Business interruption is all too common.
Over the ten years I was in Houston, our company experienced two or three major disruptions during hurricane season. Once, for over a week.
What about illness, injury, or another global financial crisis?
Build up cash reserves so that you can get through the tough times.
I recommend clients to get this number over three months as soon as possible.
Take it to six months and sleep even better.
An important part of being successful at selling, and hence business, is being different. It’s not about being “better”. Being better is in the eye of the beholder.
I suggest you prepare a clear positioning statement that defines your ideal customer, what you do and your difference. This is one of the best things I learnt at the Stanford Strategic Marketing course:...........
Provide specific answers to what, where, when, and why. Instead of the general goal: "let’s make more money", quantify: "we will get five new customers this year to increase our total sales and reduce risk”.
Break down the annual goals and targets into smaller chunks: quarterly and monthly.
Examples are: increase revenue by 15%, build cash reserves to 3X monthly costs, open a new location, and improve customer feedback score by 15%.
What you measure helps keep you on track towards your goals and targets.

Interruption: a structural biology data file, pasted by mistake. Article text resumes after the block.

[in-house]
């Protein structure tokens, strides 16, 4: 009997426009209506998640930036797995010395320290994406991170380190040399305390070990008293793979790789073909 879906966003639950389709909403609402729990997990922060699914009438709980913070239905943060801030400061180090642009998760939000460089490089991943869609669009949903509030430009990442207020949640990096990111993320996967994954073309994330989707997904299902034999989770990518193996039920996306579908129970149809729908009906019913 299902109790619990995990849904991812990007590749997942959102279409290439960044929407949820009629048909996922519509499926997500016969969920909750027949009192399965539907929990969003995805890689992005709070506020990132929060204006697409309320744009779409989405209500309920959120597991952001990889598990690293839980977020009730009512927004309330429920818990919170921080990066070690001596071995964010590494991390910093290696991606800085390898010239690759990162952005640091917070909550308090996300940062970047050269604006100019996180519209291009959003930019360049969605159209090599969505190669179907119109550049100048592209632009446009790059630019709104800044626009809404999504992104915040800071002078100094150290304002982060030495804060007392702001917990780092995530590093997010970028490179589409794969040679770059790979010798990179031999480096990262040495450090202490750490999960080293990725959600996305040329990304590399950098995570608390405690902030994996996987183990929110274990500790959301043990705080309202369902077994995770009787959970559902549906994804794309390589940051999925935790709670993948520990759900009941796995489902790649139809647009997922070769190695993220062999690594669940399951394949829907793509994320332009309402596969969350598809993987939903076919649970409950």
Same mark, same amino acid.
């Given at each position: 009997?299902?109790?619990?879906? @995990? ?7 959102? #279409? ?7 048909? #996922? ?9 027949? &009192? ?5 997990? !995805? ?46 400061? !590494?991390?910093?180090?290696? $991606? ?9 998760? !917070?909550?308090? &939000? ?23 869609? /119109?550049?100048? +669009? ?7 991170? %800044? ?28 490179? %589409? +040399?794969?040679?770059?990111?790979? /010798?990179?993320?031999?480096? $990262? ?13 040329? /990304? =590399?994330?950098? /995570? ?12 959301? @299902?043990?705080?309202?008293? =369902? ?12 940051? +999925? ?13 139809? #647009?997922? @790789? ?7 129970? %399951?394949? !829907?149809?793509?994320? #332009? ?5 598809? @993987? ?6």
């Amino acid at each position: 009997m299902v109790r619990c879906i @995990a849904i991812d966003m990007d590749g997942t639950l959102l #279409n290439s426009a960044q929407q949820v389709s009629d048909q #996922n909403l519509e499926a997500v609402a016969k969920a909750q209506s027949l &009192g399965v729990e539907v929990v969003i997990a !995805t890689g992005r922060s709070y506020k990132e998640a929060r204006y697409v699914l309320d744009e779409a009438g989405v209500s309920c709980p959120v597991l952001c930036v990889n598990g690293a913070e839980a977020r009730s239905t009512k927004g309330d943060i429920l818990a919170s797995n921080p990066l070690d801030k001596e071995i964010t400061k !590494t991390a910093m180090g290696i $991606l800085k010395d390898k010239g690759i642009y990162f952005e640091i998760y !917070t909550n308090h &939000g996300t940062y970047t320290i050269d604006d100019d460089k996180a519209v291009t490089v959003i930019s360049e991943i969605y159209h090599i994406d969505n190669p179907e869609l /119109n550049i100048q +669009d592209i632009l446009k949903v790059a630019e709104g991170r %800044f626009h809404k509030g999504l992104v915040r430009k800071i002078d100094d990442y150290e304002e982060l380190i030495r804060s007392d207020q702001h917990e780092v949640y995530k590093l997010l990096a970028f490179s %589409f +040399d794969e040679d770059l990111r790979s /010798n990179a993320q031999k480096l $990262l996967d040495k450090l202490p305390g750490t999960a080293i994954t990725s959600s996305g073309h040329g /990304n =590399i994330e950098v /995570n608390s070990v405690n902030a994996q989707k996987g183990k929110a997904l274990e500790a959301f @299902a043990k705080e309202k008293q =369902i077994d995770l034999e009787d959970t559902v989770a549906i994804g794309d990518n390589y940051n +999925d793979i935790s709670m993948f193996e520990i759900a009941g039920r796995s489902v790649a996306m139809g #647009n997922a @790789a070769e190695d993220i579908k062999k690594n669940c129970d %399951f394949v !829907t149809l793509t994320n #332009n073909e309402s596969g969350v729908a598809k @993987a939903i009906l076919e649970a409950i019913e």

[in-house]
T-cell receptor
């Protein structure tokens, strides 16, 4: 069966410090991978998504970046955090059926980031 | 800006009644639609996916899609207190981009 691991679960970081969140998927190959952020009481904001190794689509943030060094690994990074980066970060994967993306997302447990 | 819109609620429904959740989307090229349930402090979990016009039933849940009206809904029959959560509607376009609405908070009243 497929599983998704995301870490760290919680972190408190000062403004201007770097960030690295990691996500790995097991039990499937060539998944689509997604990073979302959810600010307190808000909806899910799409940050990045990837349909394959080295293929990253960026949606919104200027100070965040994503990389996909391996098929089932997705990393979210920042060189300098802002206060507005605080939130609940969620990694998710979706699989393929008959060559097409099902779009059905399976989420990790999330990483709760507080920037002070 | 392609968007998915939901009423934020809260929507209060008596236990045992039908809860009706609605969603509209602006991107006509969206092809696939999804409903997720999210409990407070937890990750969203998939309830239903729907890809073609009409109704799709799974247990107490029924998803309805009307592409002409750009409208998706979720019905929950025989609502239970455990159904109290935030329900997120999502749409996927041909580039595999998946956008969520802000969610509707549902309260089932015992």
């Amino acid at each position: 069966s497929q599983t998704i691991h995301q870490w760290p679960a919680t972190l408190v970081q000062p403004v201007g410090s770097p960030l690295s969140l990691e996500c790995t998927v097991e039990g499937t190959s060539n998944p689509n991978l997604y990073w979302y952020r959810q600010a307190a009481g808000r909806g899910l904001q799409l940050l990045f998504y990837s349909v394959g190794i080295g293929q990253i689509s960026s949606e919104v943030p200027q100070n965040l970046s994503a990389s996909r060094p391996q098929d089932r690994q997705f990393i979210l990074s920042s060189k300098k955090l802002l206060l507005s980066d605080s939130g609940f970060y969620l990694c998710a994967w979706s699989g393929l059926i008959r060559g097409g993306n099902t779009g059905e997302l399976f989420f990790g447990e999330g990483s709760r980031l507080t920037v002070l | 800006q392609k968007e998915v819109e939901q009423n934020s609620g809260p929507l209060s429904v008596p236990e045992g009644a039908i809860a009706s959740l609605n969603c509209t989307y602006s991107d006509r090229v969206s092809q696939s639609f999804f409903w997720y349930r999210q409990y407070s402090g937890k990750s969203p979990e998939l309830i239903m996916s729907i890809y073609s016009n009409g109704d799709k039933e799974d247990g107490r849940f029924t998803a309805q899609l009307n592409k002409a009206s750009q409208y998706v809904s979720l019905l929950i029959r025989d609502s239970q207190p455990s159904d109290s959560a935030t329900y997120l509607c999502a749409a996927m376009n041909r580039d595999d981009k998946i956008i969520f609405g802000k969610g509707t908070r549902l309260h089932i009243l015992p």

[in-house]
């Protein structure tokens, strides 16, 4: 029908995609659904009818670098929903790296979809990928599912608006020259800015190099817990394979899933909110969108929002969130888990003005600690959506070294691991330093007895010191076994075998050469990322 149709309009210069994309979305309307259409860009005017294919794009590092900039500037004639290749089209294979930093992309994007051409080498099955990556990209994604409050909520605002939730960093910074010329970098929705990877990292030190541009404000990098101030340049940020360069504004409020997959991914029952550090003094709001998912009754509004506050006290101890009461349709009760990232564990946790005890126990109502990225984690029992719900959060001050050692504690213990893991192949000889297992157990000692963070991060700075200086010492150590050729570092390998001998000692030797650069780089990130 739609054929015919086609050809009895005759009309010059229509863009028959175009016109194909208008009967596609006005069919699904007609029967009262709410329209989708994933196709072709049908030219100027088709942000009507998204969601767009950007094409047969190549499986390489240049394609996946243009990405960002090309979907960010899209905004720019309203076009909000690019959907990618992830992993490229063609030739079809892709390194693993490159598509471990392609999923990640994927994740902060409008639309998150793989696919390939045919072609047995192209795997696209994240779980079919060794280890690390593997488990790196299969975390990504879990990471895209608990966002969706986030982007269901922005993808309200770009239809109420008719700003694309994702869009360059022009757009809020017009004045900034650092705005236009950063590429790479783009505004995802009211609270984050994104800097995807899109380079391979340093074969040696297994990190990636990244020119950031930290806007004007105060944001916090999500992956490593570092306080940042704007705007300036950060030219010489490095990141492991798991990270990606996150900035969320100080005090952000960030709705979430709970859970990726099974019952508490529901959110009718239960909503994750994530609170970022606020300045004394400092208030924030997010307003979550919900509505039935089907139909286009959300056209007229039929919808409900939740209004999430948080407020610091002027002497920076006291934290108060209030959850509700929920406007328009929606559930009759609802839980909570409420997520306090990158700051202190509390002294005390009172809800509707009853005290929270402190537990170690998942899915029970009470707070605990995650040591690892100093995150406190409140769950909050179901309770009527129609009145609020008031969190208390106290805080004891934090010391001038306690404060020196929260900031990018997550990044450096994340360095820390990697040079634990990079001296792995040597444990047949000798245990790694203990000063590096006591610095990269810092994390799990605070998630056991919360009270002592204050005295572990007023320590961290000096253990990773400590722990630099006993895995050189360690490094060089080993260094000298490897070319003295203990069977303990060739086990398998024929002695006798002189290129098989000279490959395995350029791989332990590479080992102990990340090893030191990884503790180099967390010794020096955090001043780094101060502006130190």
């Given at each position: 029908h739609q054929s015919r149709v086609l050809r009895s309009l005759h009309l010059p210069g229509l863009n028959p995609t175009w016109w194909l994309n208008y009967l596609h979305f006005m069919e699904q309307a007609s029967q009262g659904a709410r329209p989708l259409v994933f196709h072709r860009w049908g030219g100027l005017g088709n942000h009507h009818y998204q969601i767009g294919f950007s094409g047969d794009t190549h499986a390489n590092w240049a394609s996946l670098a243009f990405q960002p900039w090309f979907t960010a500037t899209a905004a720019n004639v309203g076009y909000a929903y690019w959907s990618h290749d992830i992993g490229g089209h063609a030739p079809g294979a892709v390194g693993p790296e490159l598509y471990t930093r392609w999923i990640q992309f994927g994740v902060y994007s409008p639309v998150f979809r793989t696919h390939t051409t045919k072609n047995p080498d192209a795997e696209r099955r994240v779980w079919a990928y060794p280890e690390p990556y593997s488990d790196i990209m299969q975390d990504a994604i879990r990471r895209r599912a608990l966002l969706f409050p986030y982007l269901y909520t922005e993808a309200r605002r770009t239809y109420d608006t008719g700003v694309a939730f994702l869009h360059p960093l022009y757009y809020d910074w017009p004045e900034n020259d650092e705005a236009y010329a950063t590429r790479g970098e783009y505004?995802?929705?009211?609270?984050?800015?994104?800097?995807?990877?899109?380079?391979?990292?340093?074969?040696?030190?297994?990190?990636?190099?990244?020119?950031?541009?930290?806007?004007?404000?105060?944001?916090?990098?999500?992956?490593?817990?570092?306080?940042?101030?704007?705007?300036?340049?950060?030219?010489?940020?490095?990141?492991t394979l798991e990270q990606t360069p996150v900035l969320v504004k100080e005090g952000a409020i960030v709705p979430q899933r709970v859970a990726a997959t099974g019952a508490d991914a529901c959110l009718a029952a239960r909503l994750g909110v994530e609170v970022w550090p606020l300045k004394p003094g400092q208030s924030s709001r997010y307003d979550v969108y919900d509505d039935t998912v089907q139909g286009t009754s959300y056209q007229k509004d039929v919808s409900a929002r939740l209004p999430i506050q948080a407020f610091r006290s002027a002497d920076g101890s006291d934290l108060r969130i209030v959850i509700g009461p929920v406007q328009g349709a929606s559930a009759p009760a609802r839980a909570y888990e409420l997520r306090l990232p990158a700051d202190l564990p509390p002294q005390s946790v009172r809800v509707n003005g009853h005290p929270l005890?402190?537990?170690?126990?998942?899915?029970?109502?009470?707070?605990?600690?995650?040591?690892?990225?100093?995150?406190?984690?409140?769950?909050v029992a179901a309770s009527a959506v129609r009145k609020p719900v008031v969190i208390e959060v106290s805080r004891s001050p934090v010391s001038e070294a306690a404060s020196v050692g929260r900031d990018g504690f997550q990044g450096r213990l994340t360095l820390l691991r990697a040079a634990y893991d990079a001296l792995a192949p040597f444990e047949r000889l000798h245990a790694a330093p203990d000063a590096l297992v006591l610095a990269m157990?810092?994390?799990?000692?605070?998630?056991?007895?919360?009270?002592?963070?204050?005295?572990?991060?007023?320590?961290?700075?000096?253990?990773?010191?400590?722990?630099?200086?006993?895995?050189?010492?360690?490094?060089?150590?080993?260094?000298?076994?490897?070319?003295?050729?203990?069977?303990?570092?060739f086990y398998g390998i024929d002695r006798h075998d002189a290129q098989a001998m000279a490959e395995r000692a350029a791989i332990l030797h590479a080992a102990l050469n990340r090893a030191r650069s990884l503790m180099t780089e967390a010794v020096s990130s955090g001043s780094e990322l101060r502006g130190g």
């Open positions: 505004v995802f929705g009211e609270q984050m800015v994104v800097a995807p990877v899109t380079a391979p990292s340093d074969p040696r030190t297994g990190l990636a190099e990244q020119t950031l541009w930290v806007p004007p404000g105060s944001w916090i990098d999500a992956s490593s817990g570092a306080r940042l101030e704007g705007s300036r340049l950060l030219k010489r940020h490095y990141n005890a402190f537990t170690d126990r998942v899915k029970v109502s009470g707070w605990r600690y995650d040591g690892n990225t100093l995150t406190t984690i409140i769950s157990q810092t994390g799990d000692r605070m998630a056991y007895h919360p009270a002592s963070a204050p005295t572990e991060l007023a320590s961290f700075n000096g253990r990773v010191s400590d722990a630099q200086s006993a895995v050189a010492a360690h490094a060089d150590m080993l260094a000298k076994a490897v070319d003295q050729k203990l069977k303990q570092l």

What you should measure depends on your specific business and industry. However, there are some metrics that can help any business grow and succeed.
Consider the following: cost to measure and insight it gives. Too many metrics can be a real pain in the a*** and cause “messages” to get lost in a sea of data.
Start with two or more of these:......
The idea behind this weekly review and decide meeting is to check if the business is on track, and if it isn’t, to correct the course.
Review where you are taking the business (Check #4) even though this won’t change week to week (hopefully!). Assess progress and look at data (#5). Are you on track? Confront obstacles or barriers. Face reality, decide on actions, EXECUTE.
You'll be able to get our template for this meeting in the checklist.
Ever heard of a modern day athlete or sportsperson who doesn’t have a coach?
I have had a business coach for the last 18 years. My coaches helped enormously - mostly guiding me to understand what I should be doing at each stage of my business. Day to day, week to week, etc. Running a small business can be overwhelming because there is simply so much to do. How do you decide what is important and what isn’t? How about what’s urgent and what’s not.
Recent research shows that email marketing can return $38 for every dollar spent. This makes email marketing EXTREMELY important if you want to grow.
Your target market may not be ready to buy just yet, but keeping in contact with them means that when they are, they are more likely to consider you. Plus, it’s an important way to move them up the prospect food-chain: from cold, thru warm and hot, to customer!
We have found MailChimp to be easy to set-up and use.
Email frequency – there is plenty of advice out there. Some say...
IIdeally there should be one person per role and each person should have one role only.
Alas, in small businesses this is rare until the company gets bigger and more organized. Even when it is bigger, however, this rule is often forgotten.
List the key roles in your company, eg finance, accounting, cash management, sales, marketing, hiring, operations, and then name the person in charge alongside. Give each role a metric or two (see item #5) so that you can see the level of success.